The National Archives has asked the offices of recent former presidents and vice presidents to review personal documents for any outstanding classified material or presidential records that have not been properly returned to the U.S. government, according to a letter obtained Thursday by ABC News.
The communication specifically refers to any material thought to be personal that might “inadvertently” contain presidential records, adding that “the responsibility to comply with the [Presidential Records Act] does not diminish after the end of an administration.”
Sent via e-mail to the various offices, the letter opens by stating, “There have been several instances reported in the media where records containing classified information and subject to the Presidential Record Act (PRA) have been identified outside the physical custody of the National Archives and Records Administration (NARA). While much of the attention around these instances has focused on classified information, the PRA requires that all Presidential records of every Administration from Reagan onward must be transferred to NARA, regardless of classification status.”
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The National Archives declined to comment to ABC News on the letter, which was first reported by CNN.
The National Archives sent letters to the offices of presidents dating back to the late Ronald Reagan. Former President Jimmy Carter, who turned 98 last October, and his administration are not subject to the request because the Presidential Records Act did not go into effect until January 1981.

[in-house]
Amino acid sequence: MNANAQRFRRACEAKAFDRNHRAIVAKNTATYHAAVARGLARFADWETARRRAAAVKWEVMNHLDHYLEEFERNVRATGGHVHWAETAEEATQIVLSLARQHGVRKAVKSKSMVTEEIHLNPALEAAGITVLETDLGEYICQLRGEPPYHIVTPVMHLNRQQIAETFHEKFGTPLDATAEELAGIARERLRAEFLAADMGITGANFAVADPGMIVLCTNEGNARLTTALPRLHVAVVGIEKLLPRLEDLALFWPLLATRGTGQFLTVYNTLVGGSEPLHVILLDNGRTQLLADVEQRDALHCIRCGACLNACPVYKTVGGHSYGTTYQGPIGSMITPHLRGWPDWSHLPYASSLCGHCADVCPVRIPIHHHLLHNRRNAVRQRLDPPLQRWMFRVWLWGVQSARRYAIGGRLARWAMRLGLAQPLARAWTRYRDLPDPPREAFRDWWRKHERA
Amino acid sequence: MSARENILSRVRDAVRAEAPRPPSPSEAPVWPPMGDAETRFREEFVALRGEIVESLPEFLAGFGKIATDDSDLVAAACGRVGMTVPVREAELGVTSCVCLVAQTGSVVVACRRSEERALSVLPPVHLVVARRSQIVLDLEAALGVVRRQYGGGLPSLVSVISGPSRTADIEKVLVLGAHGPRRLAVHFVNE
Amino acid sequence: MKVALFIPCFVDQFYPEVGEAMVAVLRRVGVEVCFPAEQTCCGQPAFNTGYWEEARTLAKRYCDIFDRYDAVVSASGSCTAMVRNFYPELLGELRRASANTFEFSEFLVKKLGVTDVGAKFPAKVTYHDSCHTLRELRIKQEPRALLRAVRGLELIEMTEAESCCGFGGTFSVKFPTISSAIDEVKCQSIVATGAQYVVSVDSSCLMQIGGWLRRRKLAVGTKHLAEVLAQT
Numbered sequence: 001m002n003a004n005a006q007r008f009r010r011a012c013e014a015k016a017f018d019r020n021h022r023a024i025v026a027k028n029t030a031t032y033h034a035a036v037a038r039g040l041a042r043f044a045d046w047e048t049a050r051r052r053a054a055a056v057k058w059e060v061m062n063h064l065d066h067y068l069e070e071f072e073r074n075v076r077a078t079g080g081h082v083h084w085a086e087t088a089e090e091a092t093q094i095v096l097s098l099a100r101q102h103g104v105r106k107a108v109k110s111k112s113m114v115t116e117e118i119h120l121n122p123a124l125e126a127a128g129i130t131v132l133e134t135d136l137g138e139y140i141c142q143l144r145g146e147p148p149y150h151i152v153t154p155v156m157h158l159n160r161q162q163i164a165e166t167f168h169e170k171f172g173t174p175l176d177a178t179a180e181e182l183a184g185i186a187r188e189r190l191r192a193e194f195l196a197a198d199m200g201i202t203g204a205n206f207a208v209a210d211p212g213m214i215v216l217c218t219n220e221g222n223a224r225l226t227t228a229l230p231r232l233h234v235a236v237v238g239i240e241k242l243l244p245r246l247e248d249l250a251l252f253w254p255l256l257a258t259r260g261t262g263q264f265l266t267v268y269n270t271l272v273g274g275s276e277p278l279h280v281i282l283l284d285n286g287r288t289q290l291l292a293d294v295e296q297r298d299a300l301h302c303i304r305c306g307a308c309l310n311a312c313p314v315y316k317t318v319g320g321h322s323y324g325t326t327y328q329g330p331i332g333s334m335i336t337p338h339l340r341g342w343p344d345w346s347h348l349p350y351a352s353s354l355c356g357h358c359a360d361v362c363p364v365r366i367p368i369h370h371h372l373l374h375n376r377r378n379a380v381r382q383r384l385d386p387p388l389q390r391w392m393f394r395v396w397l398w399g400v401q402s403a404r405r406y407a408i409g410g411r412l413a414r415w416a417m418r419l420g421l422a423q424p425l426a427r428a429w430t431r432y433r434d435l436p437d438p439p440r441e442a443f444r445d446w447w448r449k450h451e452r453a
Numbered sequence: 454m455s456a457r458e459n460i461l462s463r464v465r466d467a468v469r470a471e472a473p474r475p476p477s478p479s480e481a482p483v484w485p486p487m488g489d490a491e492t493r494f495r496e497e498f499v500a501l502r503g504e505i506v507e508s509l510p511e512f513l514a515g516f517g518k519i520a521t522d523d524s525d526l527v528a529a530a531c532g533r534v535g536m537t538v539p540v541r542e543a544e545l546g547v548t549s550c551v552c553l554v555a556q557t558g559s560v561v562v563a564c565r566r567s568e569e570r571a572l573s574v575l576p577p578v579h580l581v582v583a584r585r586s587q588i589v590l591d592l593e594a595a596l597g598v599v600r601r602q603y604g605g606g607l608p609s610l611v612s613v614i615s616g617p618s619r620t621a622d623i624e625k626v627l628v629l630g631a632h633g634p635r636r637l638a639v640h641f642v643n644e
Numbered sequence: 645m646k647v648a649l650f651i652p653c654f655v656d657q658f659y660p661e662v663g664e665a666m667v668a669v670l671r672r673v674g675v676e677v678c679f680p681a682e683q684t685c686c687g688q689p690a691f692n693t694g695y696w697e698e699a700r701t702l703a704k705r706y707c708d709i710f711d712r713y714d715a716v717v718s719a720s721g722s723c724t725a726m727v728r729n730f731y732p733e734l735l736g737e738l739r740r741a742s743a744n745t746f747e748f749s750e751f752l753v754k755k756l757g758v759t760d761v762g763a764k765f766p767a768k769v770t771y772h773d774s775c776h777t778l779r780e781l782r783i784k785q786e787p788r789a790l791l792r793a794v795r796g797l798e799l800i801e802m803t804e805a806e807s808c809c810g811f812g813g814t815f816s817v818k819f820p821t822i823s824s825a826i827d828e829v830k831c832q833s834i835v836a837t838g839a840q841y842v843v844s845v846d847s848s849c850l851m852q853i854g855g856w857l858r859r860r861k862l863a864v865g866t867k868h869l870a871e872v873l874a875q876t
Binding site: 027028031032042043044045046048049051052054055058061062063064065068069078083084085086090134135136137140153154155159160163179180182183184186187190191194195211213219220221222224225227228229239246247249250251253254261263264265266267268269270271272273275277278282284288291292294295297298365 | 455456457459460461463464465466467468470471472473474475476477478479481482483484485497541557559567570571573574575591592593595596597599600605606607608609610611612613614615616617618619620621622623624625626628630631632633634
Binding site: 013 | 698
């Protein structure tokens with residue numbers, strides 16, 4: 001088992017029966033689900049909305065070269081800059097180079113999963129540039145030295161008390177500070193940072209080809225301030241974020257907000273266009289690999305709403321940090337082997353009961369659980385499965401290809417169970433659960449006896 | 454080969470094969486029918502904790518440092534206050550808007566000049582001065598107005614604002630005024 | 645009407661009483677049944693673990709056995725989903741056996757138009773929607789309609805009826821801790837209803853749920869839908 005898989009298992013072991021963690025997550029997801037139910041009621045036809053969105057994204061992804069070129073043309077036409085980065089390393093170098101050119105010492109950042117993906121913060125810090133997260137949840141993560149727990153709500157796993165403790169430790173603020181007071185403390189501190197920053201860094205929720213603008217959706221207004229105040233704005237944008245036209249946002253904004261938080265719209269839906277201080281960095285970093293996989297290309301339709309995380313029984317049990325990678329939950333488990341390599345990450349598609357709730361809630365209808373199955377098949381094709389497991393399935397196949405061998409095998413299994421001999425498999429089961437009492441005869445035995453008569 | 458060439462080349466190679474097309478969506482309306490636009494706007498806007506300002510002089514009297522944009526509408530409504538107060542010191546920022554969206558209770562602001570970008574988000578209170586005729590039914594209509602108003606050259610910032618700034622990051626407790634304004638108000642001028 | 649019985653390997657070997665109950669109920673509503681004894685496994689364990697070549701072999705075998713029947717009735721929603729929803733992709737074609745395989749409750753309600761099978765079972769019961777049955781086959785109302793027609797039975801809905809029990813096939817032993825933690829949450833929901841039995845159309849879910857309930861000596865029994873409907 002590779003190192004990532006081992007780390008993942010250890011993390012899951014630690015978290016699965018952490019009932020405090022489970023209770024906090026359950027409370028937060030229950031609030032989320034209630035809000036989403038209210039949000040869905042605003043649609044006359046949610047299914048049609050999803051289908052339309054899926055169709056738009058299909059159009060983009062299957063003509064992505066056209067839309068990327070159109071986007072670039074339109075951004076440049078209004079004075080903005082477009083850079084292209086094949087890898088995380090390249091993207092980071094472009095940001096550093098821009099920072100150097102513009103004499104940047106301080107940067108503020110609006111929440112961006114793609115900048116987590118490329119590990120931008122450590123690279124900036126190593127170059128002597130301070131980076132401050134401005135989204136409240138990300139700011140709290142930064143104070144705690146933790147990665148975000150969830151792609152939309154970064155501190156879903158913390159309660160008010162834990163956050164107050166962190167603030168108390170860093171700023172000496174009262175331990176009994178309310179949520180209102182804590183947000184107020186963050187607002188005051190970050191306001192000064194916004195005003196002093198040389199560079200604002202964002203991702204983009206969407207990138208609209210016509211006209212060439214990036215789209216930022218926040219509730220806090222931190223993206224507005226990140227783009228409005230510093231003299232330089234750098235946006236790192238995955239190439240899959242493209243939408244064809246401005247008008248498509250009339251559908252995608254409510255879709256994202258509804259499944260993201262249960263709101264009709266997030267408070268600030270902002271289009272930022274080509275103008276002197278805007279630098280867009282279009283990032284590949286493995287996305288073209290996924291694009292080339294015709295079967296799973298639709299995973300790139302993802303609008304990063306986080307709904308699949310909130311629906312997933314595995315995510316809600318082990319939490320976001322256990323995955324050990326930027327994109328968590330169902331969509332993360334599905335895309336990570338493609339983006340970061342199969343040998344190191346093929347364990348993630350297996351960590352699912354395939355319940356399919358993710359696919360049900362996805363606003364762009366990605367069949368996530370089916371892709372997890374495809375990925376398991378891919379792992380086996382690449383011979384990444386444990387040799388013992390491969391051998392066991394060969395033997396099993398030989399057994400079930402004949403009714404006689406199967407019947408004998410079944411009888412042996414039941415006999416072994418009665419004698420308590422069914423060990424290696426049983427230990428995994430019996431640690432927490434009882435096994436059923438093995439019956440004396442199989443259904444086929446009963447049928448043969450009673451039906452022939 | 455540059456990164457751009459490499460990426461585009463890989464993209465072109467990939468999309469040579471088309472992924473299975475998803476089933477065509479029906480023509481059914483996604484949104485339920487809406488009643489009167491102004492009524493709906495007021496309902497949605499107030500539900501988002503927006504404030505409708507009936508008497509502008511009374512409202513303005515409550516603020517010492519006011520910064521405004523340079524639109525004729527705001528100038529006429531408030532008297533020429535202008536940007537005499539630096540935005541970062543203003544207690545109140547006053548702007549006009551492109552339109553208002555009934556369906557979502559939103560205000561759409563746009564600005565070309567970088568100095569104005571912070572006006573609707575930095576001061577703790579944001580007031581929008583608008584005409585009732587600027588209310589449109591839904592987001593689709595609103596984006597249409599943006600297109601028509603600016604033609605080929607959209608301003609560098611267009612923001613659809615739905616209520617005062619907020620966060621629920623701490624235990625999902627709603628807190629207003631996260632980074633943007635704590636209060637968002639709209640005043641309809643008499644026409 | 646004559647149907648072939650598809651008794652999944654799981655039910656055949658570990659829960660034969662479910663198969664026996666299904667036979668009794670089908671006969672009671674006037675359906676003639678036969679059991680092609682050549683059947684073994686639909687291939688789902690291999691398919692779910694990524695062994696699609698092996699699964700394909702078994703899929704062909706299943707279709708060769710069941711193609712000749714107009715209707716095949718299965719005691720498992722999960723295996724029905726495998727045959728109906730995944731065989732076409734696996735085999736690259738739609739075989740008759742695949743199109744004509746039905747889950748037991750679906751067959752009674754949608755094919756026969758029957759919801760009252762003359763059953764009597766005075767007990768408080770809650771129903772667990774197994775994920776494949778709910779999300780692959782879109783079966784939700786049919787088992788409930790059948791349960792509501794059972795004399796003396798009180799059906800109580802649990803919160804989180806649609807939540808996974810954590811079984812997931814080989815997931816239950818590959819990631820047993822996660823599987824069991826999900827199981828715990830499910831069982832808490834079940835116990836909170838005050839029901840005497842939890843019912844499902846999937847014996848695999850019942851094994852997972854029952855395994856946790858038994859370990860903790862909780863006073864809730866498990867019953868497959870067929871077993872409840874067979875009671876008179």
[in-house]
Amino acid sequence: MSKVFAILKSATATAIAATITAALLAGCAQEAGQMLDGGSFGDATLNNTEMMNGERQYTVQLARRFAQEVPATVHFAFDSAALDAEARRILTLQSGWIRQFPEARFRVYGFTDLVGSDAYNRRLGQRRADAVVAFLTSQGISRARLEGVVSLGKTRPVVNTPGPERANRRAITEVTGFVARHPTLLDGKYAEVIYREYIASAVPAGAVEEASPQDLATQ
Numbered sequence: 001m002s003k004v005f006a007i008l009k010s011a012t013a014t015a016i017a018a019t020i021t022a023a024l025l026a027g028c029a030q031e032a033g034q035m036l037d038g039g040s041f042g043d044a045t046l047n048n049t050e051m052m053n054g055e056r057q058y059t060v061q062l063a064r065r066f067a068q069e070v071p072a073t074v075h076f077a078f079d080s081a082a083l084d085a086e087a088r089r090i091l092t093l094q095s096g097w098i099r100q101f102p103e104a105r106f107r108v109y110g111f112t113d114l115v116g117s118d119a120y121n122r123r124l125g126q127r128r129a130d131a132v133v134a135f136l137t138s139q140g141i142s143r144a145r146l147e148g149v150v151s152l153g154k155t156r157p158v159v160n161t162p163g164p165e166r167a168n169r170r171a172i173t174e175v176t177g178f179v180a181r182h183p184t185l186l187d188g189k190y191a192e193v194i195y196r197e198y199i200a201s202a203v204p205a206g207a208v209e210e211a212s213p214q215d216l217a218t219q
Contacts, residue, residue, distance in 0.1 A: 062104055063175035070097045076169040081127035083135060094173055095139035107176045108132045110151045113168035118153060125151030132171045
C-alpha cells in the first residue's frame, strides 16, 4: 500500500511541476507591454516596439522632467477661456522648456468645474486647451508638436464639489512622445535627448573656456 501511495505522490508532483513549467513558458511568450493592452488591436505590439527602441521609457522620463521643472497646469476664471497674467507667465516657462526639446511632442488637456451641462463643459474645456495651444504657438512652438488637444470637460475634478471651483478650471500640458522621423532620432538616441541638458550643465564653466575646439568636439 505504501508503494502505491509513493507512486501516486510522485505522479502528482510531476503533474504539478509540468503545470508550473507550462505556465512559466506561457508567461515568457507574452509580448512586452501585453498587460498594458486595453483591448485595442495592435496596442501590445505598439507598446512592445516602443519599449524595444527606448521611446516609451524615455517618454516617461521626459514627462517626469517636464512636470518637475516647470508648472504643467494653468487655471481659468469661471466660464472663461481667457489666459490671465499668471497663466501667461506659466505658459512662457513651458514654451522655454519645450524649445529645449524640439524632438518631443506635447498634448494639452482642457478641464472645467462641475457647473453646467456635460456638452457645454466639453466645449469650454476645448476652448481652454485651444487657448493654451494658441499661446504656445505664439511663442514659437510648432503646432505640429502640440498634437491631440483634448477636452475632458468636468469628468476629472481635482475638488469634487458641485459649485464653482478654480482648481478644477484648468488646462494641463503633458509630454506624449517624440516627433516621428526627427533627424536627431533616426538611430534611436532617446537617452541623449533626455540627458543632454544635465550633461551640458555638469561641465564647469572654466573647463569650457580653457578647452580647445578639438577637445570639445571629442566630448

The letter comes as classified documents have been found in the home of former Vice President Mike Pence and turned over to the FBI for review.
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The revelation made Pence the third high-profile official to have classified material discovered at their residence in recent months, after President Joe Biden and former President Donald Trump, both of whom are now being investigated by special counsels under the Department of Justice.
Trump’s Mar-a-Lago estate was searched by federal agents in August after what the federal government said was a monthslong effort to retrieve documents that Trump resisted handing over.
Trump has denied wrongdoing and asserted, without evidence, that he declassified the documents.